INDUSTRIAL RELATIONS ACTS, 1946 TO 2001
SECTION 26(1), INDUSTRIAL RELATIONS ACT, 1990
(REPRESENTED BY IRISH BUSINESS AND EMPLOYERS' CONFEDERATION)
- AND -
SERVICES INDUSTRIAL PROFESSIONAL TECHNICAL UNION
Chairman: Ms Jenkinson
Employer Member: Mr Pierce
Worker Member: Mr. Somers
1. Introduction of a job-sharing scheme
2. The Union's claim, on behalf of approximately 70 Administrative and Clerical staff, is for the introduction of a job- sharing scheme and policy in the Company. The Company Union agreement, concluded in 1997 does not contain a specific clause relating to job-sharing. The Company agreed in 1999 to carry out an assessment on the possibility of implementing a job-sharing scheme. Having completed the study the Company decided against the introduction of such a scheme on the grounds of its feasibility and the cost involved. This was not acceptable to the Union. The dispute was referred to the Labour Relations Commission. A conciliation conference was held on the 7th June, 2001. Agreement was not reached. The dispute was referred to the Labour Court by the Labour Relations Commission on the 14th June, 2001. The dispute was received in the Court on the 14th June, 2001. A Court hearing was held on the 15th August, 2001.
3. 1. An understanding was reached on the introduction of job-sharing under the aegis of the 1997 agreement. Management carried out the agreed study and , having presented the proposed scheme, sought and secured the Union's broad endoresement The Company then refused to proceed further. This is evidence of bad industrial relations.
2. The Union is conscious of the difficulties which can arise in the implementation of job sharing .However the Union believes that there are functions or departments within the organisation which are typical of other organisations where job sharing works very well i.e. Finance, IT, Operations and HR as areas where jobs could
3. The Union agreed to the introduction of a scheme on a pilot basis, for a limited period, with the final decision on a job share to rest with Management.
4. Job sharing schemes are now part of every day working life and are operated successfully by many organisations in the private and public sectors. The Union is not seeking something which is new, groundbreaking or unworkable.
5. Under Framework 1, Annex IV of the Programme for Prosperity and Fairness (PPF) the Social Partners" are committed to the development of family friendlyworkplaces and will encourage and support the development of such workplaces in every practical way". Job sharing is an example of a family-friendly practice
for discussion at enterprise level by agreement between employers and unions. The Union's effort to to implement the objectives of the PPF at local enterprise level, by agreement, with upfront safeguards for the employer, has been met with rejection.
4. 1. The Company has concluded an assessment of the effects of introducing job-sharing and has determined that it is not a viable option given the very limited scope for its application and the excessive cost involved.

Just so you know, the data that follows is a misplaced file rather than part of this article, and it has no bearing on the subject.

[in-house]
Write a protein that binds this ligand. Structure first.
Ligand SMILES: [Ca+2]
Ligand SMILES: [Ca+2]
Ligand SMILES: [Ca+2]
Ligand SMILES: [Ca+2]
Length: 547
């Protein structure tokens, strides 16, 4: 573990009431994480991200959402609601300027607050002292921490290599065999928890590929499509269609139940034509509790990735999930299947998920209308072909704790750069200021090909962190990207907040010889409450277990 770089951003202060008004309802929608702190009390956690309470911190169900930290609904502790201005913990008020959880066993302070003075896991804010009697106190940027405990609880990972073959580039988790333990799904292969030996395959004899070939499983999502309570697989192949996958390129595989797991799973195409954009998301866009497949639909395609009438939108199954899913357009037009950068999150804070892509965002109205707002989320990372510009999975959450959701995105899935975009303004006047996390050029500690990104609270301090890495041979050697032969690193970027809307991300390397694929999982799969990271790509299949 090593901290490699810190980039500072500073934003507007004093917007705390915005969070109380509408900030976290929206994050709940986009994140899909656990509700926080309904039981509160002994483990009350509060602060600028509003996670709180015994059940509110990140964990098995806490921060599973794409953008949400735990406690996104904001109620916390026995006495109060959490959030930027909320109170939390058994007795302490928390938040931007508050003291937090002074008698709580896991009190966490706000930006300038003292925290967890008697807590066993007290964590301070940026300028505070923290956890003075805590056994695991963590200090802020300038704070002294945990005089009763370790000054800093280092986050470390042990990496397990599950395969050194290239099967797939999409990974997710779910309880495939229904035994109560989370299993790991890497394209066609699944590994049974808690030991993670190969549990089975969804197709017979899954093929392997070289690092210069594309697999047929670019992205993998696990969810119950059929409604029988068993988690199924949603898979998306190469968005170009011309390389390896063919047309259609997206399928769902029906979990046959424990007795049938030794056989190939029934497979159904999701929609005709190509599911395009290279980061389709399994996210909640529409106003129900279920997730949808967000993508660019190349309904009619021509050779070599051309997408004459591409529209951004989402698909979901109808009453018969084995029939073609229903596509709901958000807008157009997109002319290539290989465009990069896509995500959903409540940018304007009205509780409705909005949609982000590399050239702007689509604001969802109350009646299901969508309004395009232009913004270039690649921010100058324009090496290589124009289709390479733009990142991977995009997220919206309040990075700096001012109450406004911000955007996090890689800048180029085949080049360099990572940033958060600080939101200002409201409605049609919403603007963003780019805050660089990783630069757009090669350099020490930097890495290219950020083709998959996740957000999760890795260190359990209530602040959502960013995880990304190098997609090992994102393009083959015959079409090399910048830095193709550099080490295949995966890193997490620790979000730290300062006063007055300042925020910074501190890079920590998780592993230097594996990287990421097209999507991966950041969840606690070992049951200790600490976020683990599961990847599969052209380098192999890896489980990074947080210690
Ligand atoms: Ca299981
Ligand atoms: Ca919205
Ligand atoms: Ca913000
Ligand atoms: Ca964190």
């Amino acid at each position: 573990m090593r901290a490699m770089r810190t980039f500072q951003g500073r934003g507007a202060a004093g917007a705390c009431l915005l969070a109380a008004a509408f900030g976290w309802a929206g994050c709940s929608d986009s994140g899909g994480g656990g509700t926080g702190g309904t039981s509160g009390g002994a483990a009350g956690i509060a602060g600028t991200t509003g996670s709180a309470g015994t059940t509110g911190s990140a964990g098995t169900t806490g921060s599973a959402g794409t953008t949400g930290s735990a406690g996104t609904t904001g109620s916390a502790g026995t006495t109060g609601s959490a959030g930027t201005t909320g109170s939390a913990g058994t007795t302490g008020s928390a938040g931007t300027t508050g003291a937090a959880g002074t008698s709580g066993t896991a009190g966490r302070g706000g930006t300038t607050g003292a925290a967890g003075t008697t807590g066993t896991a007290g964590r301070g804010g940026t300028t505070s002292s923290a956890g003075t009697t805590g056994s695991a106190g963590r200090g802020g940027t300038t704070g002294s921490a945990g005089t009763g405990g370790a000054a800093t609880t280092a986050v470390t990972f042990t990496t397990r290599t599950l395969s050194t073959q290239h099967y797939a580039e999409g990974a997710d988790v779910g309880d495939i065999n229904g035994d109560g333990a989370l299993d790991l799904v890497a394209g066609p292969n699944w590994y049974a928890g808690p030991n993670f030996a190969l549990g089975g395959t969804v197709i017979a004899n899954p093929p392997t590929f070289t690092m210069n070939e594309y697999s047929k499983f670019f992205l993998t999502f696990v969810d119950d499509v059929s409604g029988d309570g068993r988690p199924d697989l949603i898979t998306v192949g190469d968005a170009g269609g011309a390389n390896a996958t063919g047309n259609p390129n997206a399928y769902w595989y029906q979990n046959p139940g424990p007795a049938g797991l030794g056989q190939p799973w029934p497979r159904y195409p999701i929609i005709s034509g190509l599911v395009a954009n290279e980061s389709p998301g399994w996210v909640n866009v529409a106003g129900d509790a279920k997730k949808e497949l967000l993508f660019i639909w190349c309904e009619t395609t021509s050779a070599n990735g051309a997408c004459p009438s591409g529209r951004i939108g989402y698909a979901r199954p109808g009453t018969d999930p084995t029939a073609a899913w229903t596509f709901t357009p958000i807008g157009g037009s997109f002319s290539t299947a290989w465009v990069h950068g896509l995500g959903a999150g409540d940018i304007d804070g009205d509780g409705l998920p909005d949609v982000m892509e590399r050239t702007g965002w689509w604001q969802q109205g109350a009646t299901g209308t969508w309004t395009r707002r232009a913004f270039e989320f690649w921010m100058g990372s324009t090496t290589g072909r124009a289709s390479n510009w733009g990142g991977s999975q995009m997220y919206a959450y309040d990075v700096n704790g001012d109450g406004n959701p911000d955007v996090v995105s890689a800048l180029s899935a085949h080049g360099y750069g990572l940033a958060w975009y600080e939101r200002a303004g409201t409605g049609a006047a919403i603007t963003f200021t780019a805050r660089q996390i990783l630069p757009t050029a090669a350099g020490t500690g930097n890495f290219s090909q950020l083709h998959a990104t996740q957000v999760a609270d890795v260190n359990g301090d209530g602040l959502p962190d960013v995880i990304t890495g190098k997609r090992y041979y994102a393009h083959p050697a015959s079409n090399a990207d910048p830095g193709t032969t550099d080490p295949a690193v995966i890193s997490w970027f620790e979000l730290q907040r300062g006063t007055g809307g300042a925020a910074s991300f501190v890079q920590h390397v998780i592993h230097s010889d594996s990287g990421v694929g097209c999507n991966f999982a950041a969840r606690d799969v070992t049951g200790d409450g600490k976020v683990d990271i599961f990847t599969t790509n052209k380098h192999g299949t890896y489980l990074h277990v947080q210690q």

2. The Company has already implemented other policies to give staff more flexible working hours such as flexi-time and career breaks. The Company provides annual leave entitlements above the statutory minimum.
3. The introduction of a job-sharing scheme would have a serious negative impact on operational effectiveness due to the need for greater supervision, hand over of work between job sharers and the impact of lack of continuity of service to customers.
4. There is very limited scope for the introduction of such an arrangement in any one work area within the Company as the number of jobs lending themselves to such arrangements is minimal and would not provide management with any tangible benefit.
5. The Company has no difficulty in attracting or recruiting staff. This must be viewed as owing in part to the already flexible working hours system and other generous leave entitlements.
The Court has given consideration to all aspects of this claim. The Court is conscious of the PPF's initiative to encourage companies to develop Family Friendly Policies including the introduction of job sharing schemes. In this context and having regard to the small number of employees who have expressed an interest in such schemes, the Court recommends that the company should identify possible jobs which could be suitable for job sharing, and a pilot scheme should be introduced on a trial basis and reviewed after not less than six months of operation.
The scheme should be limited to specific jobs. An agreed policy should be completed specifying the conditions of the scheme taking into account the business needs of the company. At the end of the trial period a review of its operation should be carried out and the Court recommends that the company should have the final decision on its continuance or otherwise.
Signed on behalf of the Labour Court
Enquiries concerning this Recommendation should be addressed to Tom O'Dea, Court Secretary.